Sonnet 73

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Sonnet 73

That time of year thou mayst in me behold,
When yellow leaves, or none, or few, do hang
Upon those boughs which shake against the cold,
Bare ruined choirs, where late the sweet birds sang.
In me thou seest the twilight of such day,
As after sunset fadeth in the west,
Which by and by black night doth take away,
Death's second self, that seals up all in rest.
In me thou seest the glowing of such fire,
That on the ashes of his youth doth lie,
As the death-bed whereon it must expire,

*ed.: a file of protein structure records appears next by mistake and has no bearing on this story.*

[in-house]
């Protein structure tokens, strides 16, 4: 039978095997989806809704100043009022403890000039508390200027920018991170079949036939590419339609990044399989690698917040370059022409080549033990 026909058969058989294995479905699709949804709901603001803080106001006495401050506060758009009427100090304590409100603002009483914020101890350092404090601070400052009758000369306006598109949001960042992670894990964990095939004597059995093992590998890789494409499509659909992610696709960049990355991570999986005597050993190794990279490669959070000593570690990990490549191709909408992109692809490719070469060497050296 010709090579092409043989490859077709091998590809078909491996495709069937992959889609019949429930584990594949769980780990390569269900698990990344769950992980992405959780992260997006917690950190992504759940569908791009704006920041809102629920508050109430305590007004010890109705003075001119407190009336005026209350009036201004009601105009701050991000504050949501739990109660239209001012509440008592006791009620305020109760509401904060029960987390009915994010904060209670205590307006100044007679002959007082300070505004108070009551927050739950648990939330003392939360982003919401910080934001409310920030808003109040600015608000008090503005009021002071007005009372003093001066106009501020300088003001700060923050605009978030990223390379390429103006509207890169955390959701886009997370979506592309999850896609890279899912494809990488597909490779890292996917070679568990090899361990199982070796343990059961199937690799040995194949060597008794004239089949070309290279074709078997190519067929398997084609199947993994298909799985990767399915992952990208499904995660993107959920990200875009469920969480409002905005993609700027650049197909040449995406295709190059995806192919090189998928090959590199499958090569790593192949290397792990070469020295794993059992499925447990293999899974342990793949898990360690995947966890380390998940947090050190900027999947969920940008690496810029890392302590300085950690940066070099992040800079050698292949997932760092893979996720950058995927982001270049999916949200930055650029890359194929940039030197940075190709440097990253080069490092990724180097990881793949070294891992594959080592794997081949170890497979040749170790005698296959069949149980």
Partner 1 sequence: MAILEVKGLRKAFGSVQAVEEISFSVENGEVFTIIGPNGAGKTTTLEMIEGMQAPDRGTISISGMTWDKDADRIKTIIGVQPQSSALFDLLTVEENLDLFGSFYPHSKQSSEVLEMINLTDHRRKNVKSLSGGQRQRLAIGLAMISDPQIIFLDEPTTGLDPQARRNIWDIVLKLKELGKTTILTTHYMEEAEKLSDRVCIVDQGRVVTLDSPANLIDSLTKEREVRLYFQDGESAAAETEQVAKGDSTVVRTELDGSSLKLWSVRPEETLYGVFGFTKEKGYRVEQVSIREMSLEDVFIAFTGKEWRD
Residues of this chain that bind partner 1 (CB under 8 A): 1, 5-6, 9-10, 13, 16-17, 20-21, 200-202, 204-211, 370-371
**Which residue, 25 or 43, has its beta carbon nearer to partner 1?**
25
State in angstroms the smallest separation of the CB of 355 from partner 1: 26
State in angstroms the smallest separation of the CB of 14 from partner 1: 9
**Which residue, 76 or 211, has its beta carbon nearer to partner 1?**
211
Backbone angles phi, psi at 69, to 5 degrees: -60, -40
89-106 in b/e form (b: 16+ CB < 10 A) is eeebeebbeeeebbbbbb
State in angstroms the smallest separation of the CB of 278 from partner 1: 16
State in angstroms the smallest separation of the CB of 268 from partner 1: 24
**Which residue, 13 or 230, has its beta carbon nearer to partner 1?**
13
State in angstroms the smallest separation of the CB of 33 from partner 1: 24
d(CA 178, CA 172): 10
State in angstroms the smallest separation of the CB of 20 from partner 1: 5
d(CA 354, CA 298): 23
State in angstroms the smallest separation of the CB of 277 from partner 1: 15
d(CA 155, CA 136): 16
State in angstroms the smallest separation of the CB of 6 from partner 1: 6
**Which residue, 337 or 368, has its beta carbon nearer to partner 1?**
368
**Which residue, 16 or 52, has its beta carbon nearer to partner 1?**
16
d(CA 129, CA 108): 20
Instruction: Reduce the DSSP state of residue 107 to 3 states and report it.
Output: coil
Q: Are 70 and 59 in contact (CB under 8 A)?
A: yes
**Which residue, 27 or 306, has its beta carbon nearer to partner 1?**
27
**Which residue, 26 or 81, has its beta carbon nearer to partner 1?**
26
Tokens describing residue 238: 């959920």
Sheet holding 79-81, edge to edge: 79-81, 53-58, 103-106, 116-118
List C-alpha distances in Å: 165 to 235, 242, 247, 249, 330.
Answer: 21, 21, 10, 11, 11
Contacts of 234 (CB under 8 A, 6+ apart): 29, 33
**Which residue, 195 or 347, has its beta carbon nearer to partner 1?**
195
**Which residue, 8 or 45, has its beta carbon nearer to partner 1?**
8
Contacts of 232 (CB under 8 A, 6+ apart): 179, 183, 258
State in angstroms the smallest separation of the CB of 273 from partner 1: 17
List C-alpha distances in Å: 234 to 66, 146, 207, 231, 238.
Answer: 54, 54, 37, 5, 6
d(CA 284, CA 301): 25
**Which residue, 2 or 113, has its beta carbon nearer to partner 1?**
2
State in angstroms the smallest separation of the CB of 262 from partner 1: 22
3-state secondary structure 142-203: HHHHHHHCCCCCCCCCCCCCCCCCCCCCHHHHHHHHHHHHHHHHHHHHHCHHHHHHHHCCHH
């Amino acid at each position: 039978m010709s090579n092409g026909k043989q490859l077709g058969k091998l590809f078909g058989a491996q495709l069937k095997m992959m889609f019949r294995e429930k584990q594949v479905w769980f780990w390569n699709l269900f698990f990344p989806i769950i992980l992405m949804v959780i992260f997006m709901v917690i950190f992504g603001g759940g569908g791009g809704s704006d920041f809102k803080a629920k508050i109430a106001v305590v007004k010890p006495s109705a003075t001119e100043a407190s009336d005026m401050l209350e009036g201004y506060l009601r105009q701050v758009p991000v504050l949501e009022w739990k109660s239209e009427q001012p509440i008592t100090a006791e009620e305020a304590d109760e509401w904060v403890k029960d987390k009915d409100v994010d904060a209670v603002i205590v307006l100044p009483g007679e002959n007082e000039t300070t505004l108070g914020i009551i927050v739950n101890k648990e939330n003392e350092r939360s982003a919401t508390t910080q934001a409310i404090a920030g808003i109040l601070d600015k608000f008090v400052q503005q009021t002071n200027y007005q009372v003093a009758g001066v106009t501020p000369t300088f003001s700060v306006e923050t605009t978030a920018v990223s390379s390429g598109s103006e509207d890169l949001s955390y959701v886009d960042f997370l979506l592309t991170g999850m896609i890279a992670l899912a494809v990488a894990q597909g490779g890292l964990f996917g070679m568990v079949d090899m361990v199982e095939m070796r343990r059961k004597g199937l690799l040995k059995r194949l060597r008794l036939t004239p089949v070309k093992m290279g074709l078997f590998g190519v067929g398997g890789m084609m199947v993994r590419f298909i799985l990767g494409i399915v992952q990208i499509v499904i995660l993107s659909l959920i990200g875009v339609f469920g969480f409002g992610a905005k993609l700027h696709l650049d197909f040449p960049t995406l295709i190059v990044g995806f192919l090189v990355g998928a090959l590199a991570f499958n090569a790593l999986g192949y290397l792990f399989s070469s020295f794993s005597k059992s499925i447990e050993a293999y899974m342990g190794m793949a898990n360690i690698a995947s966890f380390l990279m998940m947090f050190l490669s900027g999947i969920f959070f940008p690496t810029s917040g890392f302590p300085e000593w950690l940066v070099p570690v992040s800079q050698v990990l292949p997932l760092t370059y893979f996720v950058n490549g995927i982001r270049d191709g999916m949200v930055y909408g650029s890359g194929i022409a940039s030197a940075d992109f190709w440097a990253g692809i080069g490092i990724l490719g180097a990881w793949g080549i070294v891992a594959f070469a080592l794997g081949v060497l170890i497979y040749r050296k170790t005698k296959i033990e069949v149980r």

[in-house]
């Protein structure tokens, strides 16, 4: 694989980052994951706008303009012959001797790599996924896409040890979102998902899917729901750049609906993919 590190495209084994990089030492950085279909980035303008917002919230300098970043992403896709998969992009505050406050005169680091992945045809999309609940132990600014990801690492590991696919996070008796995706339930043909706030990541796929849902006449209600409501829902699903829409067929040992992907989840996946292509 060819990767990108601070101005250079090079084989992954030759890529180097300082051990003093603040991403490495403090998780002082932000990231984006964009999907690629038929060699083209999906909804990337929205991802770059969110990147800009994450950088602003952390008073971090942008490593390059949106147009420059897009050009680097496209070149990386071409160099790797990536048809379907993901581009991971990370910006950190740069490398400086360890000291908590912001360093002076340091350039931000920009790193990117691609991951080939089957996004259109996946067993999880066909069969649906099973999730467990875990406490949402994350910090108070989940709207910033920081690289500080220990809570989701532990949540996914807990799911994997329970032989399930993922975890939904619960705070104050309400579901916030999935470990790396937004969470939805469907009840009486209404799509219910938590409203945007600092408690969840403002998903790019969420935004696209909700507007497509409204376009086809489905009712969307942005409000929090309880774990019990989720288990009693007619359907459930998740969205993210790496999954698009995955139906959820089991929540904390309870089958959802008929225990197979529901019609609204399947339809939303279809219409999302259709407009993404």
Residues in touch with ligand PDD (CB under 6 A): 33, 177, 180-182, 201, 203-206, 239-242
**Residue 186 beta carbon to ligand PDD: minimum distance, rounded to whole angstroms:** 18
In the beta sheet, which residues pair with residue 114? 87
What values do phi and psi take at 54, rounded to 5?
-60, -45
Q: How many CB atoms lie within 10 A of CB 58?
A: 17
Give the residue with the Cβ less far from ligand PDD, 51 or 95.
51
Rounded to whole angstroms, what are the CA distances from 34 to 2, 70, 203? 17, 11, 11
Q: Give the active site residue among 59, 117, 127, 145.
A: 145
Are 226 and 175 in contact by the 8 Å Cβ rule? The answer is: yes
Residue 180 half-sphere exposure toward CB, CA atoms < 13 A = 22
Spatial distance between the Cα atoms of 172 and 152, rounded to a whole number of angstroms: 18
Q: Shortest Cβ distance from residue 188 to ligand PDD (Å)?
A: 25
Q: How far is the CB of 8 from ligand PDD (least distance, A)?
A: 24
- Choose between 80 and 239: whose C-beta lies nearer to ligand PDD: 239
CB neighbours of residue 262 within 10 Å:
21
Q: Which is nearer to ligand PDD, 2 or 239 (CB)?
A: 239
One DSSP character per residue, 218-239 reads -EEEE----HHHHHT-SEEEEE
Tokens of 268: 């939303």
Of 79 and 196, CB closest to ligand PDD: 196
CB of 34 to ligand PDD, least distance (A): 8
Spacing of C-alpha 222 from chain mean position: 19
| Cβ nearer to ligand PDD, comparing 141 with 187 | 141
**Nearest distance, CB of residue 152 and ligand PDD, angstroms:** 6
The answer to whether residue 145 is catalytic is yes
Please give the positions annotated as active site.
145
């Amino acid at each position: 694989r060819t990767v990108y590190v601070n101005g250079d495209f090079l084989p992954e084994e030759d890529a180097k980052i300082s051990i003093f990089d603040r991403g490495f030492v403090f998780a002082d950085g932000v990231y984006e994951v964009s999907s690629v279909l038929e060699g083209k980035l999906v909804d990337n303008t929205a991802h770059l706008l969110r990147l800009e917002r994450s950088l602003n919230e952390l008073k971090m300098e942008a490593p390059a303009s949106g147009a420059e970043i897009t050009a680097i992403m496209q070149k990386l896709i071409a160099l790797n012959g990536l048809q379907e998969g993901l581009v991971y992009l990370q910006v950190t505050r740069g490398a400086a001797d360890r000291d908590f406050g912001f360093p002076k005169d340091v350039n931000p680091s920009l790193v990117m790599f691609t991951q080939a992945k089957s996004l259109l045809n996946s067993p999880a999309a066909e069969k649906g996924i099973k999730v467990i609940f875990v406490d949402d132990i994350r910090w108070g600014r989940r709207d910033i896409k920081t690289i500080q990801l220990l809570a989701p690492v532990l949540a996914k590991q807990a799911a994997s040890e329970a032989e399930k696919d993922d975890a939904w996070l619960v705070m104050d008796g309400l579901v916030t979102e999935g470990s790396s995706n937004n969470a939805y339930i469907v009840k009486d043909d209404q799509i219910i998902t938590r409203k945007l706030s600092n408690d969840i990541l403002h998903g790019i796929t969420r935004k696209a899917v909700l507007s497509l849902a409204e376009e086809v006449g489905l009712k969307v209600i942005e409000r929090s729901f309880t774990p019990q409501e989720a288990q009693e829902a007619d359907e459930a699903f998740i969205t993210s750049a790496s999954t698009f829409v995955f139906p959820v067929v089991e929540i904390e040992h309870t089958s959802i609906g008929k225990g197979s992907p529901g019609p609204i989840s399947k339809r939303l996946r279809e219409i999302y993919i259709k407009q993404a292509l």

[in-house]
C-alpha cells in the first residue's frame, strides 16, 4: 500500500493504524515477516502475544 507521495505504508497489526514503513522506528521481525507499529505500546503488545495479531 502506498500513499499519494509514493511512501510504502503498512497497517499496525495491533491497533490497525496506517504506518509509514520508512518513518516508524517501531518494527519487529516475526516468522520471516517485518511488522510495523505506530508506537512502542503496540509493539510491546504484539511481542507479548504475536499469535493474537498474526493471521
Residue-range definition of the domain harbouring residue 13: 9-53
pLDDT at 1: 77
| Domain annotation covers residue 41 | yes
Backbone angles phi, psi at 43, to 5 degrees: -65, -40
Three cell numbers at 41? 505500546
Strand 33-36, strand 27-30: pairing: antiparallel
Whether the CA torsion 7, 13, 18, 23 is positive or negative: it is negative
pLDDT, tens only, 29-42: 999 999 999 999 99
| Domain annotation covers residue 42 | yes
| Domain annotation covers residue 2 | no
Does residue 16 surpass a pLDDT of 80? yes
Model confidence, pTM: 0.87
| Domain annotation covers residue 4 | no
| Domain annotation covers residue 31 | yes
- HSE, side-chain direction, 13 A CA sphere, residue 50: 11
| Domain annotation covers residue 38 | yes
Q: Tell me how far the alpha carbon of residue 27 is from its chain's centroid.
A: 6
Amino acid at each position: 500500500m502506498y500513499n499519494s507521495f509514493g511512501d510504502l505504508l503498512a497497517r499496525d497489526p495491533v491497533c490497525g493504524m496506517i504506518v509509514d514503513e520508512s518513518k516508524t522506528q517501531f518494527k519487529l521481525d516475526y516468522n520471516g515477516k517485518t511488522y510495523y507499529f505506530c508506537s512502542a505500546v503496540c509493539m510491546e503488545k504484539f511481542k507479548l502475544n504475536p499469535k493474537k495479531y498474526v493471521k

Consumed with that which it was nourished by.
   This thou perceiv'st, which makes thy love more strong,
   To love that well, which thou must leave ere long.

— William Shakespeare

Traduction de François-Victor Hugo

Le Sonnet 73 est l'un des 154 sonnets écrits par le dramaturge et poète William Shakespeare.

Reprise[modifier | modifier le code]

Ce sonnet a inspiré le titre du roman Hier, les oiseaux.

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Liens externes[modifier | modifier le code]

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